After several months of forced hiatus, the wheels of WRC cars will roll once again. This time, they will head for a brand-new destination – Estonia. The history of Rally Estonia is relatively short, it first took place in 2010, but it offers very intense experience for both the crews and spectators.
Between 2014 and 2016, Rally Estonia was a part of the European Rally Championship and last year, it appeared in the calendar as a WRC candidate rally. Its similar to a Finnish rally in character, so it gained popularity as a practice for Rally Finland. No wonder that Ott Tänak managed to win here three times. After many rounds were cancelled, Estonia was quickly added to the WRC calendar, becoming the 33rd country the championship will visit since its inception in 1973.
Pedal to the metal
Rally Estonia is typical with its extremely fast, technical gravel stages with lots of horizons. According to some drivers, Estonia is even faster than Finland, traditionally the fastest rally of the season, and offers even more jumps. While in Finland, the often just hangs the wheels, while in Estonia, it is far more common for it to get really airborne. Local gravel is quite soft, with a lot of sand mixed in, and after a few cars passed, the ruts with appear with hard rock beneath. That’s something the suspension setup needs to be adjusted to. It’s also the reason why medium tyres will probably be the more common choice, even though the drivers will also have the opportunity of choosing soft ones.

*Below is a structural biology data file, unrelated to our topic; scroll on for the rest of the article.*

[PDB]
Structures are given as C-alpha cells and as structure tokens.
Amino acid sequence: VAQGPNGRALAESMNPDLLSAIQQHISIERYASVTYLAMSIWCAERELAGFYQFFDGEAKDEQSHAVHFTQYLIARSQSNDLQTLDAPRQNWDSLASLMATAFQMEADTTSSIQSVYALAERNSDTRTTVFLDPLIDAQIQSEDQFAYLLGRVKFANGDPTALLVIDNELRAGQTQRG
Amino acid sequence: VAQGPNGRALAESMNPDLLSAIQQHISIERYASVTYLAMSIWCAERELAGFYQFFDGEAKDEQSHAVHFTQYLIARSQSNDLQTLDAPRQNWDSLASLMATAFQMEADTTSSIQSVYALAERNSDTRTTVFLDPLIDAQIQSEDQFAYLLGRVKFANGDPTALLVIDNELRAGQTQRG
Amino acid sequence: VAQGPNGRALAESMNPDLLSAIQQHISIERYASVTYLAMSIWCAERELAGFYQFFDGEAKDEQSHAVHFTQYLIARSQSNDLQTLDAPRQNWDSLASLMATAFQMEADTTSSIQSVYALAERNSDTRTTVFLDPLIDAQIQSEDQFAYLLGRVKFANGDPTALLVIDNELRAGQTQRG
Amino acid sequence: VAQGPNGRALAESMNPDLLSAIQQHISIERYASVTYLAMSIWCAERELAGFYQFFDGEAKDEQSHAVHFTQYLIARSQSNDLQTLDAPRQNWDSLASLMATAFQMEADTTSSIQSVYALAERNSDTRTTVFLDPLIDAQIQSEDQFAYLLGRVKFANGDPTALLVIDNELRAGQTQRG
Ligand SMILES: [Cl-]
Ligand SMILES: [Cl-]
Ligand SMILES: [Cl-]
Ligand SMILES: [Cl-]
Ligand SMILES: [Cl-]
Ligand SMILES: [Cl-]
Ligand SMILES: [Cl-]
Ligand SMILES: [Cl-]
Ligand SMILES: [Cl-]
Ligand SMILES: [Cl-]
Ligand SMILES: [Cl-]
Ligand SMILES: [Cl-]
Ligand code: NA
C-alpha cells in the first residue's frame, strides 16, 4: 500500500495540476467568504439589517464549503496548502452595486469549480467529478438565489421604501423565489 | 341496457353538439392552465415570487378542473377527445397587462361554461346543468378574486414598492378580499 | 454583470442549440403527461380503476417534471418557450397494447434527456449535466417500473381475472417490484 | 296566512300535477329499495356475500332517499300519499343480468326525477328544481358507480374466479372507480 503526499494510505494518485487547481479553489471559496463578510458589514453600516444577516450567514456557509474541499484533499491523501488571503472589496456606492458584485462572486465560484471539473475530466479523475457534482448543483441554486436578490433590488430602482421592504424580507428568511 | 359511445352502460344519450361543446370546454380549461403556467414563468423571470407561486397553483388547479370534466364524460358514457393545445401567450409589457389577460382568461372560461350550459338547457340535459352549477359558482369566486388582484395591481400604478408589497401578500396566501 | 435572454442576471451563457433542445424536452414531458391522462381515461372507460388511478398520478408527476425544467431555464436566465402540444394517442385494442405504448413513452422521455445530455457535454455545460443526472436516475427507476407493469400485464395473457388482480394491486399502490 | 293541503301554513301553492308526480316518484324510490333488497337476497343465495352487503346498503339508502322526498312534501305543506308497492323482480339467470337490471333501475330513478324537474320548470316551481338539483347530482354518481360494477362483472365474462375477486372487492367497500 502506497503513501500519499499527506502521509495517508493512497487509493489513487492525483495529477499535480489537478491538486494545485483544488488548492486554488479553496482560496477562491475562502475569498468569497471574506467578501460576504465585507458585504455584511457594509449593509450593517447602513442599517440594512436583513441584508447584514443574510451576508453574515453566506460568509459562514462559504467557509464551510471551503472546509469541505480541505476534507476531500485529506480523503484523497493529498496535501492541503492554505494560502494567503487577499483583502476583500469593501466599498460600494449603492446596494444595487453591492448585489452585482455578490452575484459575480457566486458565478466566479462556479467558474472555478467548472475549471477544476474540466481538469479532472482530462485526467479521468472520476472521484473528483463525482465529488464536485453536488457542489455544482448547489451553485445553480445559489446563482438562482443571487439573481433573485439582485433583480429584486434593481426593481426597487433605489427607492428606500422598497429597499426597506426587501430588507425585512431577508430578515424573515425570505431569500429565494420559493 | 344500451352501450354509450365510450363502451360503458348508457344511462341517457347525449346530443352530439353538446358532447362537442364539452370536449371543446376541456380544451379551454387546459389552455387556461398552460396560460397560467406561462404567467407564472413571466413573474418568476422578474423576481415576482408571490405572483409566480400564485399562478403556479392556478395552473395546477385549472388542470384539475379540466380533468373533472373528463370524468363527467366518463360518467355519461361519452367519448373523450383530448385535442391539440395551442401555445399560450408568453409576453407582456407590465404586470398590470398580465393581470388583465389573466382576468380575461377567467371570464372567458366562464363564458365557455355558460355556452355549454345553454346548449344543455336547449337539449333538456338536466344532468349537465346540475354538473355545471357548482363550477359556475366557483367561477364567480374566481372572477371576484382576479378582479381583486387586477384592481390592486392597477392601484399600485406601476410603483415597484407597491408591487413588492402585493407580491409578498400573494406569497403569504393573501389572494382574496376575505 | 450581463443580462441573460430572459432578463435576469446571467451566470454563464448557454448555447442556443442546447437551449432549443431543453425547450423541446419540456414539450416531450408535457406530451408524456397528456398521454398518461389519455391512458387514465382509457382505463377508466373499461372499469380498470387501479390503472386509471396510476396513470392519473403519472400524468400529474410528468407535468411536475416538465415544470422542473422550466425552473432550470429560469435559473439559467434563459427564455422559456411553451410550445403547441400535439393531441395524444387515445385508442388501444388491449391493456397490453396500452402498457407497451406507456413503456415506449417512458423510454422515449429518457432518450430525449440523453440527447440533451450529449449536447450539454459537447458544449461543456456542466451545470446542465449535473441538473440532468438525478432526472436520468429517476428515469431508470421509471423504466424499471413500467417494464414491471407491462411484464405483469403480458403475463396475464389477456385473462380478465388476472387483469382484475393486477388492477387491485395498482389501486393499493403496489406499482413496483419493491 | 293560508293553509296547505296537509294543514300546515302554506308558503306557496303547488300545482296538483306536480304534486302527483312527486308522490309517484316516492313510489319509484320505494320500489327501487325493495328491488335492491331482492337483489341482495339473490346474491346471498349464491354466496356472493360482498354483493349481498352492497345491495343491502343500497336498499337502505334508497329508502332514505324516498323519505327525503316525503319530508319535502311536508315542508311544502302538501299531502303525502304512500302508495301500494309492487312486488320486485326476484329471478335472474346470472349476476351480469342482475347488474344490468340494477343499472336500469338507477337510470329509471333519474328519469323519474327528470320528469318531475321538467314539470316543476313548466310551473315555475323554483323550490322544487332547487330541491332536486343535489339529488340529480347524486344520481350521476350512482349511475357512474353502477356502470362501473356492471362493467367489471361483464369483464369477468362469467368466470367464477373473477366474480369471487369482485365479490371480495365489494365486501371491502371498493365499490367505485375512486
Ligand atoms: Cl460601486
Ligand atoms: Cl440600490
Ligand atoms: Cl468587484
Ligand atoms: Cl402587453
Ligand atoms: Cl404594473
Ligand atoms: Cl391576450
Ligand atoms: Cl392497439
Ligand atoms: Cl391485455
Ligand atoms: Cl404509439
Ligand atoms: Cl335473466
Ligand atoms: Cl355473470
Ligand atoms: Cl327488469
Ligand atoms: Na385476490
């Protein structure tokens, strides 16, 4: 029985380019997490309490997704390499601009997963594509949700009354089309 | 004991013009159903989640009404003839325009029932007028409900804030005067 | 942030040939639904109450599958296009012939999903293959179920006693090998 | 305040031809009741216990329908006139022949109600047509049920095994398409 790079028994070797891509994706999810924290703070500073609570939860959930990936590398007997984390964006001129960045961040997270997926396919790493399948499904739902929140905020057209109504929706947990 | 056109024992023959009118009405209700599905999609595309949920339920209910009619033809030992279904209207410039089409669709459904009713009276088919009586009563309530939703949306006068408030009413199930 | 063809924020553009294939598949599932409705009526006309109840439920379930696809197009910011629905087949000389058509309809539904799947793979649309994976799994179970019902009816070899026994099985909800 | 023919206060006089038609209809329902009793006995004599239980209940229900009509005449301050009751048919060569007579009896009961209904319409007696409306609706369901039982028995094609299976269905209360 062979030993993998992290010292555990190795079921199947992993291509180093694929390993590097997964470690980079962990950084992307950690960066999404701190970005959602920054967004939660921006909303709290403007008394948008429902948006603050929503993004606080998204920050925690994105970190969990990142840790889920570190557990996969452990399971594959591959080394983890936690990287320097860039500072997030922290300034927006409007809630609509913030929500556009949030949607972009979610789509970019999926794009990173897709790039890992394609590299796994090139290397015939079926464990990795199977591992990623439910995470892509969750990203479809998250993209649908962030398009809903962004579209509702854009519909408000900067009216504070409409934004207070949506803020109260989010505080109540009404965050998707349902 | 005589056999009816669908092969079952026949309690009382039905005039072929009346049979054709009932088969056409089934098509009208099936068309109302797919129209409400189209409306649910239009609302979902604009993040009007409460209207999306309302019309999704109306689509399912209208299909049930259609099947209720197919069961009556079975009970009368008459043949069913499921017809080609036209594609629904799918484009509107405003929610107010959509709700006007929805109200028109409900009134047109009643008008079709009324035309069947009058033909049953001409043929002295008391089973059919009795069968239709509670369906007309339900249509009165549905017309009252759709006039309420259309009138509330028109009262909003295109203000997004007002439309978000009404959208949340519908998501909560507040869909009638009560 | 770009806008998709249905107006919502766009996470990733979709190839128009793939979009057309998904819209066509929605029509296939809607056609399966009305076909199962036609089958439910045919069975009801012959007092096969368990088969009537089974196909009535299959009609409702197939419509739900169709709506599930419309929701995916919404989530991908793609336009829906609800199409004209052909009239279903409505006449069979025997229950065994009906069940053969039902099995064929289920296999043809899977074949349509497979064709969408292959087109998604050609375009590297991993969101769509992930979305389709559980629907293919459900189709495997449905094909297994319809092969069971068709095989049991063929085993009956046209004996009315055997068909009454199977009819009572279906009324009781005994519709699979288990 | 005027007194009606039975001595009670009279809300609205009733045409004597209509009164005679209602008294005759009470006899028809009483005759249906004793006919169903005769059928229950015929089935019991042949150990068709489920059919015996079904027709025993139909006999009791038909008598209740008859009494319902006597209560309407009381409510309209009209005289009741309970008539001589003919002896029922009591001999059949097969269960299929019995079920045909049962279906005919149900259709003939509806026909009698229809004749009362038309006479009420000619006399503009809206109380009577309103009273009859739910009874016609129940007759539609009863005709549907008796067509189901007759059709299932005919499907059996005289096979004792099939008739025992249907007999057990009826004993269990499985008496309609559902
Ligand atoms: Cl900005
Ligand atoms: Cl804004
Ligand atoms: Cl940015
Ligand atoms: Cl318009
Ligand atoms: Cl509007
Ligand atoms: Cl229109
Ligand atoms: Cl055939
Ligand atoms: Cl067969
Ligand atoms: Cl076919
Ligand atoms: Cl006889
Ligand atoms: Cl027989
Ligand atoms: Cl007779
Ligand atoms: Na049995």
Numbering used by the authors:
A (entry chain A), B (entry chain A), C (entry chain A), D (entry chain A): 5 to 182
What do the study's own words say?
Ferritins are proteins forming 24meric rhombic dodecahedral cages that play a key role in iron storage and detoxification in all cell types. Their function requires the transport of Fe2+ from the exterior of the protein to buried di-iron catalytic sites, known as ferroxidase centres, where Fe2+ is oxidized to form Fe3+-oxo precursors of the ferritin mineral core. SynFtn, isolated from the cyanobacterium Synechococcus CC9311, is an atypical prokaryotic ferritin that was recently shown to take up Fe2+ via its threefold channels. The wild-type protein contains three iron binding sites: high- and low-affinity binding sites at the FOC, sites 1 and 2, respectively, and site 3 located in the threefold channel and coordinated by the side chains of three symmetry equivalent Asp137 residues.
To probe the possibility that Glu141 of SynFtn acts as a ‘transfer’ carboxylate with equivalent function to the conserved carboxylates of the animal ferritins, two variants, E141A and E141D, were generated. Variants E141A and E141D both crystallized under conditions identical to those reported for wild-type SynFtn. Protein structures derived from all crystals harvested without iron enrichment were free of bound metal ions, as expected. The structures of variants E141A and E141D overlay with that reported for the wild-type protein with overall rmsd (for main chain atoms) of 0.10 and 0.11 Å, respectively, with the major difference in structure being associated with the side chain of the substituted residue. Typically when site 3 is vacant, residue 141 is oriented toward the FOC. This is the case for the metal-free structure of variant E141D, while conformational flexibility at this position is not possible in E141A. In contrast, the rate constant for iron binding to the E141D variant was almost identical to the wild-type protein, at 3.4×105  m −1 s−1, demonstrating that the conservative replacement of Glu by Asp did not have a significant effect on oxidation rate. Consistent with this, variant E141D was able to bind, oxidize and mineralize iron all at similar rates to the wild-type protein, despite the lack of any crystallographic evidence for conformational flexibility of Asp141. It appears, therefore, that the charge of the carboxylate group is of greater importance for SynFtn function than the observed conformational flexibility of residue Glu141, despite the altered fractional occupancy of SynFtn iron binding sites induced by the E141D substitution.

There are several big challenges for the crews – almost all of them are new to Estonia, so they will have to create their pacenotes from a clean sheet of paper. The speeds have no room for any mistake and therefore it’s crucial that the pacenotes are precise. Another thing is that there was no rallying for several months and the last time the crews took part in similar rally was a year ago. The teams did many tests in Finland and Estonia, but real rallying is different.
Friday’s warm-up and long jumps
The Rally Estonia will begin with a short Friday’s stage Tartu, not far from the service park. The real rally, however, will begin on Saturday morning. The crews will face two runs of five stages, with the longest stage of the whole rally (Prangli – 20.93 km) is scheduled right in the beginning of the day. The Sunday is also going to follow the traditional recipe, with two runs of three stages. The second run of the 20-kilometre Kambja stage also serves as the Power Stage.
The most popular one among local spectators, who will come to see the reigning world champion on the local tracks, is Saturday’s Otepää. This one is part of the Rally Estonia since its beginning in 2010, it’s very fast and has lots of horizons. On the biggest one, Alaküla, the cars fly almost 40 metres far.
Roughly ten FABIA Rally2 and Rally2 evo cars will show up in Estonia. Former ŠKODA Motorsport factory driver and 2017 WRC 2 champion Pontus Tidemand will be in one of them, with the others driven by fast Norwegian Eyvind Brynildsen, Kajetan Kajetanowicz from Poland, Emilio Fernández from Chile or the trio of local drivers Raul Jeets, Rainer Aus and Egon Kaur.